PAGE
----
Fractal Design ARC Mini R2 Case Reviewhornybluecow - December 17, 2013
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Fractal Design ARC Mini R2 Conclusion:
Let us recap my reasoning and scoring method before diving into my final words. First I look at what the company is saying it offers. For example, say the company states the case supports large / long graphic cards or ten quiet fans. In this example, I examine what is advertised versus what is actually offered. Most of this becomes uncovered as I take pictures to document the product. If the company does not stay true to its word, then it loses points because no one ever wants to be sold on false advertisement. Next I look at what the product is marketed for and put it into perspective. An example of this could be trying to overclock a CPU in a Mini ITX case and expecting a low temperature. This would contradict its target market and something I try to catch so it does not affect the score. The last bit is my own interjection. What could the case offer in its price range, and what do other companies offer. This category may include an extra fan, cable management, different color paint, or support for larger video cards. This list is endless so let's move on to the conclusion.
Fractal Design has once again put thought and care into all of its features, so before I say my final words, let me explain the pros and cons. Starting with the negative, my issues are less of a deal and more of an annoyance. As explained in the previous page, the user manual is lacking in further useful information. Yes it does cover the basics, but I would like to see everyone rising to NZXT standards in the manual department. This product only contained four pages for the manual; that to me is the bare minimum and it was annoying trying to find information that should be included.
Next up is the size. While I didn't talk about this during the review, I realized it's an important topic. The Mini R2 is rather on the big side of mini and getting close to Mid-Tower. If you are looking for the smallest form factor this isn't it. I must say that it is hard to define mini since both Micro ATX and ITX motherboards are allowed in the category, so be aware of the size if that is a factor for you. Last on the list are the front panel lights. You can ignore this if bright lights do not bother you, but for me it did, and I wish it was a bit dimmer.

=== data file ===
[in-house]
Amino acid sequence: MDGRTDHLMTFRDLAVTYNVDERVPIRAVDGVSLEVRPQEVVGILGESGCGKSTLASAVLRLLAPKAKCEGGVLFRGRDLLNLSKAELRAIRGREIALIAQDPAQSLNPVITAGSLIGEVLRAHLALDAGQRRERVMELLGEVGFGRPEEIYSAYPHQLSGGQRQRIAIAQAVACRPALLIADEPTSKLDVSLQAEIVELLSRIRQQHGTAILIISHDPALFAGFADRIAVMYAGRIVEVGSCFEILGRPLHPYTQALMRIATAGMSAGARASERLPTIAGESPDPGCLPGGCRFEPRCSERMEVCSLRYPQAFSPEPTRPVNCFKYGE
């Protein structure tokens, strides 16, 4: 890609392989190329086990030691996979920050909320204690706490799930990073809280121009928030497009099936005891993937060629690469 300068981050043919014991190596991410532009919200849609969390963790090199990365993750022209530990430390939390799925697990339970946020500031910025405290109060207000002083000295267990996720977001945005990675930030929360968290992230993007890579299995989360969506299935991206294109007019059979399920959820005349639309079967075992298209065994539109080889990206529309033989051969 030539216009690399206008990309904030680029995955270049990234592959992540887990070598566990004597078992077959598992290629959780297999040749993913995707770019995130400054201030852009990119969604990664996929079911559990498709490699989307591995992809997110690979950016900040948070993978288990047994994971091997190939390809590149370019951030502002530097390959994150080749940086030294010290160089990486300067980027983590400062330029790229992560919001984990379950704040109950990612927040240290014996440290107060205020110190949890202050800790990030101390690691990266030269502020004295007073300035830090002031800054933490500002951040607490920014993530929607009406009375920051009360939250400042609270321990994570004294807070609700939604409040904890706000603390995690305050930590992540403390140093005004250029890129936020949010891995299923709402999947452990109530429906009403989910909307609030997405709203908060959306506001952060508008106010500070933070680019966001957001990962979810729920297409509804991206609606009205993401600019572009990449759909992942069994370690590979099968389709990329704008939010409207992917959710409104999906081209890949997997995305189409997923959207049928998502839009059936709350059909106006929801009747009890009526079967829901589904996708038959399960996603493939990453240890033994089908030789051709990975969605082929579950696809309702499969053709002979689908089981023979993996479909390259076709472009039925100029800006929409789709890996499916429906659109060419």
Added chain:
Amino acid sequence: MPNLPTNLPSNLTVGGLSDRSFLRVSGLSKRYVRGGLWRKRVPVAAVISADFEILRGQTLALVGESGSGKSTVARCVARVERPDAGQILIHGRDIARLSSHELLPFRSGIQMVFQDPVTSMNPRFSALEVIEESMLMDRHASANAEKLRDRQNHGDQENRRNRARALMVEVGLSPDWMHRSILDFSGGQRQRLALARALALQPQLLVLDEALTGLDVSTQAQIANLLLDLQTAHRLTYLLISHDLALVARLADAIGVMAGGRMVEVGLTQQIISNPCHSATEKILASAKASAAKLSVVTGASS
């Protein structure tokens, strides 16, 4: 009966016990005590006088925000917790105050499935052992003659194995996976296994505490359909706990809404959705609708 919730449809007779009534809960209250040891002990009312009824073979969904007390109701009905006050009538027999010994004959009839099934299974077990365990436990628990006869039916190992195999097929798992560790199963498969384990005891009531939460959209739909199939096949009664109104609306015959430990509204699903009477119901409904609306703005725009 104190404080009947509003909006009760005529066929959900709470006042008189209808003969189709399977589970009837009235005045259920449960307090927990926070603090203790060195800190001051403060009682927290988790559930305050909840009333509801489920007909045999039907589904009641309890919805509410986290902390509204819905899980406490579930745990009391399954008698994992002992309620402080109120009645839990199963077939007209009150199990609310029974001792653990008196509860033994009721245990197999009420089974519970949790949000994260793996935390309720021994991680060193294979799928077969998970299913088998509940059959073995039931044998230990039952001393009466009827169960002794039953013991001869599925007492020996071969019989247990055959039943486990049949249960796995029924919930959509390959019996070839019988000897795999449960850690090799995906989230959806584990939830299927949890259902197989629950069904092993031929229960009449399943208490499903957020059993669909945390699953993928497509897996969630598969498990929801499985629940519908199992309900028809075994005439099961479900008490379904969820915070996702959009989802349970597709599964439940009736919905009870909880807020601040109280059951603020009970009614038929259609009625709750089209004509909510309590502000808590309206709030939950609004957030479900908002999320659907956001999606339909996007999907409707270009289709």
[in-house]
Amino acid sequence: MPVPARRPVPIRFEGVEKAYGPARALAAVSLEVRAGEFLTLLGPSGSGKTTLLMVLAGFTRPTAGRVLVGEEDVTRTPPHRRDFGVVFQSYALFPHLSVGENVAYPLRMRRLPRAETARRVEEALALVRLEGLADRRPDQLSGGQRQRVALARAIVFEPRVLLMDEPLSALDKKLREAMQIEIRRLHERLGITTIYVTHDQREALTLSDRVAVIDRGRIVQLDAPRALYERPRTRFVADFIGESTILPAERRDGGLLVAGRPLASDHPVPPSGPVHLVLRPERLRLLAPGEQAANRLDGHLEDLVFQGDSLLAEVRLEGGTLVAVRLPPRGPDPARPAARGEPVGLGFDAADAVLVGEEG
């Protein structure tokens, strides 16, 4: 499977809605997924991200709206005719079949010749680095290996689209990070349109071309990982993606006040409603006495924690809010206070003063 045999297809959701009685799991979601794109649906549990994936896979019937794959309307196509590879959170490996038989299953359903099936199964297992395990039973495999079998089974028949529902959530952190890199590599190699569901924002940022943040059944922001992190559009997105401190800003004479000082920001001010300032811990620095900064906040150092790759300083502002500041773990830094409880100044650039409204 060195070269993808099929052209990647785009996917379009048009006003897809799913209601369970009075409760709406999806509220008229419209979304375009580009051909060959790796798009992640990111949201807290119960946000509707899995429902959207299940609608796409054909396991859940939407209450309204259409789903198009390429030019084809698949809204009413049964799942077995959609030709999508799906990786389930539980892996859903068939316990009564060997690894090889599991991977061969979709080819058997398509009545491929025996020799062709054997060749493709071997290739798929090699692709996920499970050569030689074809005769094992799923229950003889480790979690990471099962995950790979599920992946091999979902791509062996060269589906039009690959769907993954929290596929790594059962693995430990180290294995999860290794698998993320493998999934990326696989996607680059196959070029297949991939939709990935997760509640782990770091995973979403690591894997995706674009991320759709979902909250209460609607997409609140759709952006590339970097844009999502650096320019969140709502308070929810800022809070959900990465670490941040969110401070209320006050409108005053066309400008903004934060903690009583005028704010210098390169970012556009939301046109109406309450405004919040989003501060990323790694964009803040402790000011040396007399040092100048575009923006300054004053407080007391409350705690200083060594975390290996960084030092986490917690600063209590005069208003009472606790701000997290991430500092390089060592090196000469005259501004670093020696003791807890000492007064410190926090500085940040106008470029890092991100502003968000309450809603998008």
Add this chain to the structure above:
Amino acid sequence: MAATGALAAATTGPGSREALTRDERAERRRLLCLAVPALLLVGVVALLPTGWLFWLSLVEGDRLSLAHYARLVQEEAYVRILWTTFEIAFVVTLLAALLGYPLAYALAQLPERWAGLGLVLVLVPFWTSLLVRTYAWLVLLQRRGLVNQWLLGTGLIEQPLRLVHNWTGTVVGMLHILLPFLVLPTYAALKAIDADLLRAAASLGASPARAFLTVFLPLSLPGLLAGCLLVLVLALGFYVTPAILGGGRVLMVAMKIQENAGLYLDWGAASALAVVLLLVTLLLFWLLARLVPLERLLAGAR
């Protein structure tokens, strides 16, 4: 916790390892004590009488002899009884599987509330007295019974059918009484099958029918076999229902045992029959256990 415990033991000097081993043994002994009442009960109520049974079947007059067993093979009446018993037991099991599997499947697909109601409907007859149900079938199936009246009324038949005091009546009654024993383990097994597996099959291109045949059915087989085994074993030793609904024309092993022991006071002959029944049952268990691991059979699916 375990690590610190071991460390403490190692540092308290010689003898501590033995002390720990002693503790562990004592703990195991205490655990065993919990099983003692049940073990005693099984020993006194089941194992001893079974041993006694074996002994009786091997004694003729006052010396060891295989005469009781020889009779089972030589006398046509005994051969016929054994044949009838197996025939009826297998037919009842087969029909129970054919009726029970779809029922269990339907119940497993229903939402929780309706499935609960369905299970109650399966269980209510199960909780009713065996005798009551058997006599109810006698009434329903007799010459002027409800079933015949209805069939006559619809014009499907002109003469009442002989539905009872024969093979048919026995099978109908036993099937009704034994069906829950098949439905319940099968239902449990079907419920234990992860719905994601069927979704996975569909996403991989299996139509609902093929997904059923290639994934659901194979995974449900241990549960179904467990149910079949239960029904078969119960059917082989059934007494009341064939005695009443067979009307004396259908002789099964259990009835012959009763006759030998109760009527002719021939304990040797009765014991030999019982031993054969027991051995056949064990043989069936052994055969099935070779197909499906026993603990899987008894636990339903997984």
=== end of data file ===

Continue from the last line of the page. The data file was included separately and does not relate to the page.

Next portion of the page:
With a large amount of positive things to say, I am going to focus on the major selling points. To start off, this chassis includes the high quality standards of its big brother, the ARC XL. I think the biggest selling point is the large amount of spacing behind the motherboard tray. Usually a smaller chassis means the harder cable management becomes and this is no different. The expectation here is the good amount of space and I was able to hide all the wires of a non-modular power supply without much of an issue. Using the built-in fan controller was very useful and essential to small form factor motherboards.
Next, there is included support for larger video cards and CPU coolers, making it a very welcome addition to this small chassis. Lastly is the water cooling support, which to me it is a dud because you lose either one or both bays when installing anything other than a 240mm radiator on top. The reason why I kept it in the Pros was because it's very uncommon to support a custom liquid cooling setup in the realm of small chassis, but Fractal Design added it anyways, even if it might be less than practical. It does not hurt the chassis in any way by including it, so it is a warm welcome in my eyes.
To wrap up this review, the Fractal Design Mini R2 is a great chassis that follows the quality already set by the larger ARC XL I reviewed earlier this year. The only major downside is the cost and that is more of issue with me being cheap rather than a deal breaker. Chassis in this category sell from anywhere between $35 and $150, making it hard to pinpoint the sweet spot between a quality deal and paying more for the name. That being said, anyone looking for a quality chassis that is in need of a smaller form factor, the ARC Mini R2 is definitely something to keep an eye out for.
- Advanced water cooling support
- Well built metal frame
- Strong 3.5" bays
- Dedicated SSD bays
- Support for large aftermarket CPU coolers (165mm)
- Support for high-end graphics cards (400mm)
- Built-in fan controller
- Easy cable management (20mm behind tray)
- Weak user manual
- Bright front panel lights
- On the large side for a mini